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Transposon

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Transposon - Free Register to Access Experts & Abstracts

Zsuzsanna Izsvák - One of the best experts on this subject based on the ideXlab platform.

  • Transposon-mediated genome manipulation in vertebrates
    Nature Methods, 2009
    Co-Authors: Zoltán Ivics, Jef D Boeke, Lajos Mátés, Andras Nagy, Allan Bradley, Zsuzsanna Izsvák
    Abstract:

    Transposable elements are DNA segments with the unique ability to move about in the genome. This inherent feature can be exploited to harness these elements as gene vectors for genome manipulation. Transposon-based genetic strategies have been established in vertebrate species over the last decade, and current progress in this field suggests that transposable elements will serve as indispensable tools. In particular, Transposons can be applied as vectors for somatic and germline transgenesis, and as insertional mutagens in both loss-of-function and gain-of-function forward mutagenesis screens. In addition, Transposons will gain importance in future cell-based clinical applications, including nonviral gene transfer into stem cells and the rapidly developing field of induced pluripotent stem cells. Here we provide an overview of Transposon-based methods used in vertebrate model organisms with an emphasis on the mouse system and highlight the most important considerations concerning genetic applications of the Transposon systems.

  • sleeping beauty a wide host range Transposon vector for genetic transformation in vertebrates
    Journal of Molecular Biology, 2000
    Co-Authors: Zoltán Ivics, Zsuzsanna Izsvák, Ronald H A Plasterk
    Abstract:

    Sleeping Beauty (SB), a member of the Tc1/mariner superfamily of transposable elements, is the only active DNA-based Transposon system of vertebrate origin that is available for experimental manipulation. We have been using the SB element as a research tool to investigate some of the cis and trans-requirements of element mobilization, and mechanisms that regulate transposition in vertebrate species. In contrast to mariner Transposons, which are regulated by overexpression inhibition, the frequency of SB transposition was found to be roughly proportional to the amount of transposase present in cells. Unlike Tc1 and mariner elements, SB contains two binding sites within each of its terminal inverted repeats, and we found that the presence of both of these sites is a strict requirement for mobilization. In addition to the size of the Transposon itself, the length as well as sequence of the DNA outside the Transposon have significant effects on transposition. As a general rule, the closer the Transposon ends are, the more efficient transposition is from a donor molecule. We have found that SB can transform a wide range of vertebrate cells from fish to human. However, the efficiency and precision of transposition varied significantly among cell lines, suggesting potential involvement of host factors in SB transposition. A positive-negative selection assay was devised to enrich populations of cells harboring inserted Transposons in their chromosomes. Using this assay, of the order of 10,000 independent Transposon insertions can be generated in human cells in a single transfection experiment. Sleeping Beauty can be a powerful alternative to other vectors that are currently used for the production of transgenic animals and for human gene therapy.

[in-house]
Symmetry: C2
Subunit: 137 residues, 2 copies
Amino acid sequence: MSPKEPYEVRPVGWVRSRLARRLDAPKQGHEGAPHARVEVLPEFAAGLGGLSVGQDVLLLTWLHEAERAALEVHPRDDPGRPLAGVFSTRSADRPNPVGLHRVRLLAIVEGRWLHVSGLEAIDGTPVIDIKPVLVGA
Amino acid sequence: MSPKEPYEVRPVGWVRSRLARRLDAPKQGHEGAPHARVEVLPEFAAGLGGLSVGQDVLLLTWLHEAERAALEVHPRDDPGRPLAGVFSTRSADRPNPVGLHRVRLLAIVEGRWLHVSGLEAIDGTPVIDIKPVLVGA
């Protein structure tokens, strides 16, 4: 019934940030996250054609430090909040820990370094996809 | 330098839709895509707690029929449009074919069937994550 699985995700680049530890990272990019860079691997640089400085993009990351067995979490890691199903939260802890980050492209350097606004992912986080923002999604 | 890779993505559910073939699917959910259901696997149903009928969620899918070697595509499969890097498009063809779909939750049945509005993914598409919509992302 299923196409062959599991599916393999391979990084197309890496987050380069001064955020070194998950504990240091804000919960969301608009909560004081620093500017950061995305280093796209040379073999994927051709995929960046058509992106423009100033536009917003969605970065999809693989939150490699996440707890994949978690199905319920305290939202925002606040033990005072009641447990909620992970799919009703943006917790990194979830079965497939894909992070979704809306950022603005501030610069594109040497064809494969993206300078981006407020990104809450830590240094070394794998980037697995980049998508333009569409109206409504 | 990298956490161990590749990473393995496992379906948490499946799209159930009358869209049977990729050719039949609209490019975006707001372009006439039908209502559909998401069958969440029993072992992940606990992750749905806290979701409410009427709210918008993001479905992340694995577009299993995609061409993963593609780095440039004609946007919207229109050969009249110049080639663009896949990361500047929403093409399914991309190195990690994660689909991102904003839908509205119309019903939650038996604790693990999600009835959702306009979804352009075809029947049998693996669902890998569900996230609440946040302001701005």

• molecular reconstruction of sleeping beauty a tc1 like Transposon from fish and its transposition in human cells
    Cell, 1997
    Co-Authors: Zoltán Ivics, Zsuzsanna Izsvák, Perry B Hackett, Ronald H A Plasterk
    Abstract:

    Members of the Tc1/mariner superfamily of Transposons isolated from fish appear to be transpositionally inactive due to the accumulation of mutations. Molecular phylogenetic data were used to construct a synthetic Transposon, Sleeping Beauty, which could be identical or equivalent to an ancient element that dispersed in fish genomes in part by horizontal transmission between species. A consensus sequence of a transposase gene of the salmonid subfamily of elements was engineered by eliminating the inactivating mutations. Sleeping Beauty transposase binds to the inverted repeats of salmonid Transposons in a substrate-specific manner, and it mediates precise cut-and-paste transposition in fish as well as in mouse and human cells. Sleeping Beauty is an active DNA-Transposon system from vertebrates for genetic transformation and insertional mutagenesis.

Ronald H A Plasterk - One of the best experts on this subject based on the ideXlab platform.

  • regulated transposition of a fish Transposon in the mouse germ line
    Proceedings of the National Academy of Sciences of the United States of America, 2001
    Co-Authors: Sylvia E J Fischer, Erno Wienholds, Ronald H A Plasterk
    Abstract:

    Tc1/mariner elements are able to transpose in species other than the host from which they were isolated. As potential vectors for insertional mutagenesis and transgenesis of the mouse, these cut-and-paste Transposons were tested for their ability to transpose in the mouse germ line. First, the levels of activity of several Tc1/mariner elements in mammalian cells were compared; the reconstructed fish Transposon Sleeping Beauty (SB) was found to be an order of magnitude more efficient than the other tested Transposons. SB then was introduced into the mouse germ line as a two-component system: one transgene for the expression of the transposase in the male germ line and a second transgene carrying a modified Transposon. In 20% of the progeny of double transgenic male mice the Transposon had jumped from the original chromosomal position into another locus. Analysis of the integration sites shows that these jumps indeed occurred through the action of SB transposase, and that SB has a strong preference for intrachromosomal transposition. Analysis of the excision sites suggests that double-strand breaks in haploid spermatids are repaired via nonhomologous end joining. The SB system may be a powerful tool for Transposon mutagenesis of the mouse germ line.